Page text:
The US is home to some of the world’s great wilderness areas and boasts some immense national parks, like Yellowstone. This is undoubtedly one of the country’s most famous nature reserves and among the best ways to explore it is on foot.
Here’s a brief guide to Yellowstone National Park and the kind of hiking you can look forward to within its boundaries.
Yellowstone: the basics
Yellowstone National Park is huge, spanning some 2.2 million acres, with much of it managed as a wilderness area. Trekkers are well catered for here, as there are 1,770 km of trails to follow and some spectacular landscapes to discover.
The reserve is open 365 days a year, but there a couple of months (November and late March to early April) when many of the entrances are closed to allow the roads into the park to be prepared for the coming snow – or to clear them when the weather starts to warm up. The North Entrance is always open, however.
You should bear this in mind if you intend to visit Yellowstone during the winter and take appropriate precautions to prepare for the colder weather and snowy conditions.
Top landmarks in Yellowstone
Yellowstone is home to numerous unique geological formations, which only add to the spectacular nature of the scenery. Here are just a few of the highlights you may want to include as part of your trekking trip in the reserve.
• Geysers - There are various geysers in Yellowstone, including the famous Old Faithful. However, there are some other amazing hydrothermal vents in the park, including Riverside Geyser, which creates a rainbow by shooting out of the ground at an angle over Firehole River, and Steamboat, which is the largest in the world and produces eruptions of 300 to 400 ft in height.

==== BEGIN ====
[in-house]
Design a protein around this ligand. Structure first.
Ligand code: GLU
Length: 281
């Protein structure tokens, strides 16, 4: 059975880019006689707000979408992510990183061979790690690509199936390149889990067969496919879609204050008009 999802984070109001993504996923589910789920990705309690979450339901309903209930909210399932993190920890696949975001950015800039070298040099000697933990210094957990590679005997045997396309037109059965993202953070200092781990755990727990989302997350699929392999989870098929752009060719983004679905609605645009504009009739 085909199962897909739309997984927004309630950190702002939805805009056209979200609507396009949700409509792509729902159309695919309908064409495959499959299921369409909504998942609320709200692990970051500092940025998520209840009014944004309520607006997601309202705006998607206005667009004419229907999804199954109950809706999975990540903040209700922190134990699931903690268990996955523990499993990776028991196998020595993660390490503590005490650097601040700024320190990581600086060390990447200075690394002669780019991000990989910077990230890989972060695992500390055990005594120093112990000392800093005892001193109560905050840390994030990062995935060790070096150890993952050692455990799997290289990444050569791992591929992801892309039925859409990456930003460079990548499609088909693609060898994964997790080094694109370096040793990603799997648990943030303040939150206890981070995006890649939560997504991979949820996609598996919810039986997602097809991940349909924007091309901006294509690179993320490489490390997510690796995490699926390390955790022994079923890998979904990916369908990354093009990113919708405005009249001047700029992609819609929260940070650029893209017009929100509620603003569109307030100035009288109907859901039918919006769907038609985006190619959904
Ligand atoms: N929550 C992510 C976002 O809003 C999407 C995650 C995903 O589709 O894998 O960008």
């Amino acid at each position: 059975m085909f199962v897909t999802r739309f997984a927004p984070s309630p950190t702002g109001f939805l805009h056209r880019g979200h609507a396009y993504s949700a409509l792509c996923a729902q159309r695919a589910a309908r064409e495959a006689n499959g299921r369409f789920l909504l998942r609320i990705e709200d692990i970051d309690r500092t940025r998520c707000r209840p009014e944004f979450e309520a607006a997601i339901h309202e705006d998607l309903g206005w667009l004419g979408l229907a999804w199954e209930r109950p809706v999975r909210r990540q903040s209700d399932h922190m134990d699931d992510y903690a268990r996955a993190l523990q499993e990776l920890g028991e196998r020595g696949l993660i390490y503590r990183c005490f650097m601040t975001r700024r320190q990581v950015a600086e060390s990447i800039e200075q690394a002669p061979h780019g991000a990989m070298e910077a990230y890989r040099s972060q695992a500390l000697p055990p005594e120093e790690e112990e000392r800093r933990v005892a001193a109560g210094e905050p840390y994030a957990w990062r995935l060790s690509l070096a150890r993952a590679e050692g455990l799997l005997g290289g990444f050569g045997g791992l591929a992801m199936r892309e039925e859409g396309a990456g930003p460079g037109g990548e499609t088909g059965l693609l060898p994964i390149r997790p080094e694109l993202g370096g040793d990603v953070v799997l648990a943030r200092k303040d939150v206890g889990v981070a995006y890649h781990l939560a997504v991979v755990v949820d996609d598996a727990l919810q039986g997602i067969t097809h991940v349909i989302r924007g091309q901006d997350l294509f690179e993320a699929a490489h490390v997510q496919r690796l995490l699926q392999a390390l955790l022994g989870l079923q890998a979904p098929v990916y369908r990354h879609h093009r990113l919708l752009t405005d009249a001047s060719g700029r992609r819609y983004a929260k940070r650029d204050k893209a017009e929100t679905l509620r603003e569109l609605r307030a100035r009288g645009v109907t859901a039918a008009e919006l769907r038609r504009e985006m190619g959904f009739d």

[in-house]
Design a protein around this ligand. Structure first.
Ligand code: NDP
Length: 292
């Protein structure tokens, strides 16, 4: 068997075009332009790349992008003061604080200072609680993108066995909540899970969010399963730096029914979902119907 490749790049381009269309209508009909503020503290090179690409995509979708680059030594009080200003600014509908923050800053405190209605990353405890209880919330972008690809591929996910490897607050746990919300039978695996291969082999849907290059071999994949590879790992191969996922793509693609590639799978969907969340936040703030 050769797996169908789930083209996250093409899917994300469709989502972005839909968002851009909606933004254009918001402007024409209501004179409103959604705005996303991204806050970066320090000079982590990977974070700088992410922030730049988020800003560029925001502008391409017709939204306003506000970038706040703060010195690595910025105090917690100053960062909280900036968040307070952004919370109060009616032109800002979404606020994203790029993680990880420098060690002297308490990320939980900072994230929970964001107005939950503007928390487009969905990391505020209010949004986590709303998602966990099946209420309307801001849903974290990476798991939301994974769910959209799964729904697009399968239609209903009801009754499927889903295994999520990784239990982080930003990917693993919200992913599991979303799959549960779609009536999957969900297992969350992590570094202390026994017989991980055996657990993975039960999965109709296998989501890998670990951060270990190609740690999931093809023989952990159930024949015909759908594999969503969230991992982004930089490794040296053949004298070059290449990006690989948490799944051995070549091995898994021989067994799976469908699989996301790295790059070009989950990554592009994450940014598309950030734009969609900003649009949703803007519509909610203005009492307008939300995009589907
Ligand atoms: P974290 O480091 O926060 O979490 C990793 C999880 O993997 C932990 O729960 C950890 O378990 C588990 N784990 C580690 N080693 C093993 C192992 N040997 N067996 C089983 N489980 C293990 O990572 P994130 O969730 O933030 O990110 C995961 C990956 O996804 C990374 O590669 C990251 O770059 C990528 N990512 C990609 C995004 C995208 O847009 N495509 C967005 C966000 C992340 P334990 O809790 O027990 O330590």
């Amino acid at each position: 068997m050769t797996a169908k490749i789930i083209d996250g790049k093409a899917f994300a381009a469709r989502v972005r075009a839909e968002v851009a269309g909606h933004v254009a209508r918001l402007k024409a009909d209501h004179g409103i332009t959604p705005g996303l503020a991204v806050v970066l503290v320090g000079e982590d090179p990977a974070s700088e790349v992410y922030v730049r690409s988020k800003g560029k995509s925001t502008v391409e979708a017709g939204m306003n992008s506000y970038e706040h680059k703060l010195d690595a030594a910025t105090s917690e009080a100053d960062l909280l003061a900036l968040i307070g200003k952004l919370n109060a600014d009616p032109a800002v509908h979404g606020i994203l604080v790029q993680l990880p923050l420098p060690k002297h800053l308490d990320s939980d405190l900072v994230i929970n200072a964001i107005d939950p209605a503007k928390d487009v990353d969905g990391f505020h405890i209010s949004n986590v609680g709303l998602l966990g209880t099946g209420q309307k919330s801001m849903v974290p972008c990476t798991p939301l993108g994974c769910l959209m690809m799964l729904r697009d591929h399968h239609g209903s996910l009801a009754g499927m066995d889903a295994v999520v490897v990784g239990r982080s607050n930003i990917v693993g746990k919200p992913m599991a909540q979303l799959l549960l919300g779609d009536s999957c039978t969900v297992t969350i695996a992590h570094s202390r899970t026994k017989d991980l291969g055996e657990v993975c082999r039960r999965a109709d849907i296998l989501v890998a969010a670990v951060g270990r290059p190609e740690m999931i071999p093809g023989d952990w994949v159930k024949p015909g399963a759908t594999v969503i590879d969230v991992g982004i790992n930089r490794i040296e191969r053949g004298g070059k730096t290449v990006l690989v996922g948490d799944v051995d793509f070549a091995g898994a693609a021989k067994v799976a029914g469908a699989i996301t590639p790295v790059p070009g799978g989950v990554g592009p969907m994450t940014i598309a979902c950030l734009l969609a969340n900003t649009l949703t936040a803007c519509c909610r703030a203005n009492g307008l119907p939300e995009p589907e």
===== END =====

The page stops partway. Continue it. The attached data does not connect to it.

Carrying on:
• Tower-Roosevelt area - This part of Yellowstone has varied rock formations, including large boulders dotted between the Lamar and Yellowstone Rivers, peaks such as Mt Washburn and petrified trees along Specimen Ridge.
• Grand Canyon of Yellowstone - Running for 20 miles, this canyon is home to the Upper and Lower Falls, with the Yellowstone River flowing through it. The Lower Falls are particularly spectacular and can be seen from several places, including Red Rock Point, Artist Point and along the South Rim Trail.
Wildlife in Yellowstone
In addition to the stunning landscapes, the wildlife is what draws many of the people who travel to Yellowstone for the trekking. The area is renowned for being home to grizzly bears, which are thrilling to see but can be dangerous.
Advice from the National Park Service includes hiking in groups and making noise as you walk to alert bears to your presence and prevent them from being startled.
Wolves also inhabit Yellowstone, but are seldom seen by trekkers, while bison are another creature to keep an eye out for. These are the largest land mammal native to North America and the park has a population that varies between 2,300 and 4,500 bison.
Preparing for trekking
As much of Yellowstone National Park is a wilderness area, you should always be prepared when walking here. Take plenty of water and food with you, as well as layers of clothes and waterproofs to be ready for a change in the weather.
If you’re not confident striding out alone, you can book a tour of the area with an experienced guide who can not only ensure you stay safe while you’re walking, but also teach you about the flora and fauna in the reserve.